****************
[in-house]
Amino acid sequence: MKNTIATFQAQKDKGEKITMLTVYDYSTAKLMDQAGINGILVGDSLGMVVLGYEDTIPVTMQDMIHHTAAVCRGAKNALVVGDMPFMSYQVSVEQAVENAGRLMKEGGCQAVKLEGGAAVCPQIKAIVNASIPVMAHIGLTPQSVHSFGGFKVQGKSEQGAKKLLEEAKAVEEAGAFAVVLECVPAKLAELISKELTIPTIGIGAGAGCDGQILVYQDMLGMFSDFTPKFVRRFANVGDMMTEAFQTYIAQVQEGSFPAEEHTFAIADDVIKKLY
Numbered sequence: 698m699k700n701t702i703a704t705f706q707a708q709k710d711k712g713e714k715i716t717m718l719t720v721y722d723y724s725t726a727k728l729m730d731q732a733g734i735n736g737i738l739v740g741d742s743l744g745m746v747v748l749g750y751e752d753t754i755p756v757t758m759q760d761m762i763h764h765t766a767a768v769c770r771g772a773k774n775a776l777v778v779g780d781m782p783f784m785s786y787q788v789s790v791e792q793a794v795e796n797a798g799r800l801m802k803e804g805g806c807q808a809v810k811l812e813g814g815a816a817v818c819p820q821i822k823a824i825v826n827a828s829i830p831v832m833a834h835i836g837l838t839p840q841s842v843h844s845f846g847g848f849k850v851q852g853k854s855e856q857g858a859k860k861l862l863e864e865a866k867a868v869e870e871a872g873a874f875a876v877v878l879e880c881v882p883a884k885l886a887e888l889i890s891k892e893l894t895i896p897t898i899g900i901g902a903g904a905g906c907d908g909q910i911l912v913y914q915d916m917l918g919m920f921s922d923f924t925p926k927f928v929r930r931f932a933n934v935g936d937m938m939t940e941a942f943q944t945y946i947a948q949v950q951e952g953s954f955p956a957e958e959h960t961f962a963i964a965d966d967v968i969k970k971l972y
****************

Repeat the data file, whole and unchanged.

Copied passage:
[in-house]
Amino acid sequence: MKNTIATFQAQKDKGEKITMLTVYDYSTAKLMDQAGINGILVGDSLGMVVLGYEDTIPVTMQDMIHHTAAVCRGAKNALVVGDMPFMSYQVSVEQAVENAGRLMKEGGCQAVKLEGGAAVCPQIKAIVNASIPVMAHIGLTPQSVHSFGGFKVQGKSEQGAKKLLEEAKAVEEAGAFAVVLECVPAKLAELISKELTIPTIGIGAGAGCDGQILVYQDMLGMFSDFTPKFVRRFANVGDMMTEAFQTYIAQVQEGSFPAEEHTFAIADDVIKKLY
Numbered sequence: 698m699k700n701t702i703a704t705f706q707a708q709k710d711k712g713e714k715i716t717m718l719t720v721y722d723y724s725t726a727k728l729m730d731q732a733g734i735n736g737i738l739v740g741d742s743l744g745m746v747v748l749g750y751e752d753t754i755p756v757t758m759q760d761m762i763h764h765t766a767a768v769c770r771g772a773k774n775a776l777v778v779g780d781m782p783f784m785s786y787q788v789s790v791e792q793a794v795e796n797a798g799r800l801m802k803e804g805g806c807q808a809v810k811l812e813g814g815a816a817v818c819p820q821i822k823a824i825v826n827a828s829i830p831v832m833a834h835i836g837l838t839p840q841s842v843h844s845f846g847g848f849k850v851q852g853k854s855e856q857g858a859k860k861l862l863e864e865a866k867a868v869e870e871a872g873a874f875a876v877v878l879e880c881v882p883a884k885l886a887e888l889i890s891k892e893l894t895i896p897t898i899g900i901g902a903g904a905g906c907d908g909q910i911l912v913y914q915d916m917l918g919m920f921s922d923f924t925p926k927f928v929r930r931f932a933n934v935g936d937m938m939t940e941a942f943q944t945y946i947a948q949v950q951e952g953s954f955p956a957e958e959h960t961f962a963i964a965d966d967v968i969k970k971l972y